Les
03-07-2017, 06:52 AM   #19
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QuoteOriginally posted by lesmore49 Quote
Jer,

I am good at assembling parts, but my mechanical skills are close to non existent and motivation to do even the simplest assembly is not high. I do have a number of parts for my Matchless, most of them carefully wrapped up and in storage in my garage.

Thank you for the interesting history on early Porsche. I've read a fair amount about early air cooled VW's and Ferdinand Porsche and Hans Ledwinka involvement, but up to now, not so much about early Porsche history. You have piqued my interest.

Les
Les, I'm betting that your mechanical skills are way ahead of mine.

I've read a number of Porsche histories (not all are in total agreement), and the plot is fascinating. But that's true of a number of auto company stories, with their brash, bigger than life characters like Ford (I and II), Iacocca, Delorean, Sloan, Bill Mitchell, Harley Earl, Bunky Knudsen . . . . . . . . . . . . . . .

One book I think you might enjoy is Paul Ingrassia's "Engines of Change: A History of the American Dream in Fifteen Cars." Ingrassia is a terrific writer who employs crisp prose delivered with a dry wit, and in this book he talks about how 15 vehicles both reflected and influenced the culture of their time. Several of the cars are one's you'd expect such as the Model T, the Mustang, the Corvette and the VW Beetle. But he also includes the Corvair, which brought automotive safety into the spotlight, and the 3 Series BMW which served and nurtured the model of life as a young professional. All fun stuff; if you've not already read it, I'm guessing you'd enjoy it a lot.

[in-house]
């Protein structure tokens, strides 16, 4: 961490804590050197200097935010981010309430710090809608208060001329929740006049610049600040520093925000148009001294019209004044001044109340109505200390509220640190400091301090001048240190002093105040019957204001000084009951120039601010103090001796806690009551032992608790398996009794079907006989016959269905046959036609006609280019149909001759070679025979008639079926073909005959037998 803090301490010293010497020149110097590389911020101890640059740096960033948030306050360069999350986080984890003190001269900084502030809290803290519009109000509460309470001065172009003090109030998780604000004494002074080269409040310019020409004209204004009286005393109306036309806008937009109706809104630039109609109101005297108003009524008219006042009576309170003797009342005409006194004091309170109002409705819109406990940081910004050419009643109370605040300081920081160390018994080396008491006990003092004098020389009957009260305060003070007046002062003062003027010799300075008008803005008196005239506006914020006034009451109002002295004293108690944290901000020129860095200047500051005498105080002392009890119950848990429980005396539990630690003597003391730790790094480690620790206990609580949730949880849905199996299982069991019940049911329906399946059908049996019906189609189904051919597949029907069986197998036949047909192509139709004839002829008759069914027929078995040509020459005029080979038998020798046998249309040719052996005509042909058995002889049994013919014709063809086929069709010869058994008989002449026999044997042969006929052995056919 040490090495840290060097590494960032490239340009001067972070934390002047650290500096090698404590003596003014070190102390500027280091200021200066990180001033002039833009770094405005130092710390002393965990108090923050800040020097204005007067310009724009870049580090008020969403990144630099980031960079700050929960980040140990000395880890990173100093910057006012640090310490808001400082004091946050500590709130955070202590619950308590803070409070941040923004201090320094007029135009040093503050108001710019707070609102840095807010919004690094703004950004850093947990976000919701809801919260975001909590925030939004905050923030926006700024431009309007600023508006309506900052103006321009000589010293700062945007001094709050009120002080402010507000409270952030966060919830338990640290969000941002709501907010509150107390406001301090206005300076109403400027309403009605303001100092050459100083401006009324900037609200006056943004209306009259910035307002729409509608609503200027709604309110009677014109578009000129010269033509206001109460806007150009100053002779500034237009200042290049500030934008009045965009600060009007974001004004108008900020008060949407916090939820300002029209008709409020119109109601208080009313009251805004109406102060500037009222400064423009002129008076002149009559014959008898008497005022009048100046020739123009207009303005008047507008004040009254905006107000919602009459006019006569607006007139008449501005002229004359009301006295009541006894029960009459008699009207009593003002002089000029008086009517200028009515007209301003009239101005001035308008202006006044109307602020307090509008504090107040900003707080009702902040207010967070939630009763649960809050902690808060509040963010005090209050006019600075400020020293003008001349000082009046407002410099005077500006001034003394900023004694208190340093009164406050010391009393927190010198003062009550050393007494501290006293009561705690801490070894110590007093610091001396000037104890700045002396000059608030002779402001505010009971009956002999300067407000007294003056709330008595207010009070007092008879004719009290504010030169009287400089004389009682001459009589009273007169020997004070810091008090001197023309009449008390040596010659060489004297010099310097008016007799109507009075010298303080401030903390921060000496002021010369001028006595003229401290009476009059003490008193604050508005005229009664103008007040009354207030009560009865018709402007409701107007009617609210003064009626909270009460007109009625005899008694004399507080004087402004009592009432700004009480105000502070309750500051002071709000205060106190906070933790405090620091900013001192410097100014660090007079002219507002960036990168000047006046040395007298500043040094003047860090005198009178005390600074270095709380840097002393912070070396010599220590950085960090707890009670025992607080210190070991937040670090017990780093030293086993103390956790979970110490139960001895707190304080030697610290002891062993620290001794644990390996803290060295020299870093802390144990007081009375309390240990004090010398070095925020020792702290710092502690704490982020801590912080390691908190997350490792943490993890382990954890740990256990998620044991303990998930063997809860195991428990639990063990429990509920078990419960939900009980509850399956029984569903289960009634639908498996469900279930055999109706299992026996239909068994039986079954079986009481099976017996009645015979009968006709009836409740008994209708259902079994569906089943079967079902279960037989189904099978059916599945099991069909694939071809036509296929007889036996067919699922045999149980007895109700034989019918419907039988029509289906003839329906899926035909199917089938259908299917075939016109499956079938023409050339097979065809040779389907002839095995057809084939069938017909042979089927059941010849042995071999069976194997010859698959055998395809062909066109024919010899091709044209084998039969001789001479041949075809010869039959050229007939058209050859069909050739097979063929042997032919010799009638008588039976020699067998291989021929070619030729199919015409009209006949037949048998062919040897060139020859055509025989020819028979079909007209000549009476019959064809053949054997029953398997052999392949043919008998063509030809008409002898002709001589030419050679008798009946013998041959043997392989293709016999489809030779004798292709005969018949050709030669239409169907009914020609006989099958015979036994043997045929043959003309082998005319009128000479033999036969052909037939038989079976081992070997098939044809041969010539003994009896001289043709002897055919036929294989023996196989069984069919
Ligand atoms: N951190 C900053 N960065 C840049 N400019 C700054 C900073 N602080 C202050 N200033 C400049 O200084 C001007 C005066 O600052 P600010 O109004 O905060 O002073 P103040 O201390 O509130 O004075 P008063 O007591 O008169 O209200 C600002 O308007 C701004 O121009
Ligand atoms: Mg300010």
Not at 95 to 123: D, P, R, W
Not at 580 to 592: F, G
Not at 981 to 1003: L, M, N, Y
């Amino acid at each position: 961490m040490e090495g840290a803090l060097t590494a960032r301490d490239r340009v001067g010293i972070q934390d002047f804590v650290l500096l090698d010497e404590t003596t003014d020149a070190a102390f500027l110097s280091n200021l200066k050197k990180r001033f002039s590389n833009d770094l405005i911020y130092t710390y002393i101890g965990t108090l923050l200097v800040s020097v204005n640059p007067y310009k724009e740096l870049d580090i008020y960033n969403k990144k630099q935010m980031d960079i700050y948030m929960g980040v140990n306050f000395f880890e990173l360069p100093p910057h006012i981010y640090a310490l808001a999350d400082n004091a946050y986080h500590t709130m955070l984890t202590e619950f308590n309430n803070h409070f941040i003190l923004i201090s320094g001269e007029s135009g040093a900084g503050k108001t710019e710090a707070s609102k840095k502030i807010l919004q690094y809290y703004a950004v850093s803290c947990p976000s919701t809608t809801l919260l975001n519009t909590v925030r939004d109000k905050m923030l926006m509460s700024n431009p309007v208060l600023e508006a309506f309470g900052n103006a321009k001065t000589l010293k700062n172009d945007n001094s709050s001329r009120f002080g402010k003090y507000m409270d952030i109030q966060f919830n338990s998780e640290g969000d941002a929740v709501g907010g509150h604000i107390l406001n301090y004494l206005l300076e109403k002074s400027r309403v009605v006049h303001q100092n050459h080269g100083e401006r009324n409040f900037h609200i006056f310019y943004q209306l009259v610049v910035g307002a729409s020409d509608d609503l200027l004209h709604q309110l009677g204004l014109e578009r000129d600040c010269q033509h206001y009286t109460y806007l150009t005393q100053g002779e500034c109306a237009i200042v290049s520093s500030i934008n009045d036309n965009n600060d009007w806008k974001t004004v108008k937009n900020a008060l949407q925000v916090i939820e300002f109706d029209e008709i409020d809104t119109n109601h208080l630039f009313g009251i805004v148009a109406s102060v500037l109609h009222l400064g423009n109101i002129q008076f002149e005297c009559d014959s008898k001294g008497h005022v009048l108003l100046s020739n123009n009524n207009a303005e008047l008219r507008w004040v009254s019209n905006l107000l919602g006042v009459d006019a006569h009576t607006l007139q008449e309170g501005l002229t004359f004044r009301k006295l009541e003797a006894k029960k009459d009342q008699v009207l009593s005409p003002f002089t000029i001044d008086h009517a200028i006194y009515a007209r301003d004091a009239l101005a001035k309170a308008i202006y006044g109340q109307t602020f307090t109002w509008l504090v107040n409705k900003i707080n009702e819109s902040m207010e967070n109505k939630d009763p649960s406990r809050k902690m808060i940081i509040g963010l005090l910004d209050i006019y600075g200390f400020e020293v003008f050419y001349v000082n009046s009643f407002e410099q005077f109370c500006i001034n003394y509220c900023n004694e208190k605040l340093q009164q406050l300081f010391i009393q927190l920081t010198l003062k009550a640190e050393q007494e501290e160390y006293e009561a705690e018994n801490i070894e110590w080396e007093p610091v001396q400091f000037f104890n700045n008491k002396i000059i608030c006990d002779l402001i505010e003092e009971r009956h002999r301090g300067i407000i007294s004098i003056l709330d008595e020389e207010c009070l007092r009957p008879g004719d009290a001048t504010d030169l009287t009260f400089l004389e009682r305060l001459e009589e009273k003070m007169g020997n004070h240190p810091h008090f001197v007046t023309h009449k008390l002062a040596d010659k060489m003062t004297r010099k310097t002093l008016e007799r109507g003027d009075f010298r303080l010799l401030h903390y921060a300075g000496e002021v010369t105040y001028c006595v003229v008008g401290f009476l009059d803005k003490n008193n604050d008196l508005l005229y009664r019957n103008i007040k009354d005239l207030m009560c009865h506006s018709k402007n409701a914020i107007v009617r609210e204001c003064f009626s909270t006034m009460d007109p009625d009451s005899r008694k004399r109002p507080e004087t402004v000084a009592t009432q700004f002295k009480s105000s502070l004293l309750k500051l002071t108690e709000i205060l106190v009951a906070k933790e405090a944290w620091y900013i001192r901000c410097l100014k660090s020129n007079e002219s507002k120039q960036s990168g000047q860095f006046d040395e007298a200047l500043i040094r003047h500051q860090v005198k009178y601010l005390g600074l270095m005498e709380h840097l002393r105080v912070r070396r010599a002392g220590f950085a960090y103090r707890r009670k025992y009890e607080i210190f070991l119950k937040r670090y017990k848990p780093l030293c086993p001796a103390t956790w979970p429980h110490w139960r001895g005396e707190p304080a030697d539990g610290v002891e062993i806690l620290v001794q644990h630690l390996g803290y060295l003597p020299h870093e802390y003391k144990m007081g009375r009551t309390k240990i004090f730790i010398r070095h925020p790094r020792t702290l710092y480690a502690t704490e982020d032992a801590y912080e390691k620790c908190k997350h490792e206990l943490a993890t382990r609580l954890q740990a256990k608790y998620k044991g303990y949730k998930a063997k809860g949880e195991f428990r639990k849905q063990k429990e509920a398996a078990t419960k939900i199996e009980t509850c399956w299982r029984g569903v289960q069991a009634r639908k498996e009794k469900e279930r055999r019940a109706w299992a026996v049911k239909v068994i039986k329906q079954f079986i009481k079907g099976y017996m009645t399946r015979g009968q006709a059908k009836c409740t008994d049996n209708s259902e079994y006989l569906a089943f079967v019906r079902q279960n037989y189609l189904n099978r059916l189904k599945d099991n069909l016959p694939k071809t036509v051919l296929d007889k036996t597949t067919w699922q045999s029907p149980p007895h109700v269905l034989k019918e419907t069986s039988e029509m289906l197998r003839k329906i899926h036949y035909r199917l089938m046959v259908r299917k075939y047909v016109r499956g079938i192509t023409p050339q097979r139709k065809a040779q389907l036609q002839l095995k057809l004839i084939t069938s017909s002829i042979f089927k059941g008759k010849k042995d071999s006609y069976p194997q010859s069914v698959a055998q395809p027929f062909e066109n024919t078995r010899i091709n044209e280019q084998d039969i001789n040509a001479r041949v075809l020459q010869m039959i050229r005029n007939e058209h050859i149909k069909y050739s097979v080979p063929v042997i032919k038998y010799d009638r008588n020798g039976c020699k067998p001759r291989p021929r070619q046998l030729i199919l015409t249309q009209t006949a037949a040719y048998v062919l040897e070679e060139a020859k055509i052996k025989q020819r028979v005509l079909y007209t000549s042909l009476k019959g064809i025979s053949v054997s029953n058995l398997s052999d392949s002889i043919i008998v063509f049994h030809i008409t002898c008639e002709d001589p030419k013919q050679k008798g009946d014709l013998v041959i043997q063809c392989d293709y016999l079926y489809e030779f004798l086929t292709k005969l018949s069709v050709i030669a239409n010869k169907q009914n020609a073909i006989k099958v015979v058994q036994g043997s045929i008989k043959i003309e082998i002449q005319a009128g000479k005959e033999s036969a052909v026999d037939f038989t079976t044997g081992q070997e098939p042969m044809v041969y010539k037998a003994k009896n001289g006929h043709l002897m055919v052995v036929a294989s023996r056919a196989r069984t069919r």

Jer


Last edited by Sailor; 03-07-2017 at 07:19 AM.
03-07-2017, 03:54 PM   #20
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QuoteOriginally posted by Sailor Quote
Les, I'm betting that your mechanical skills are way ahead of mine.

I've read a number of Porsche histories (not all are in total agreement), and the plot is fascinating. But that's true of a number of auto company stories, with their brash, bigger than life characters like Ford (I and II), Iacocca, Delorean, Sloan, Bill Mitchell, Harley Earl, Bunky Knudsen . . . . . . . . . . . . . . .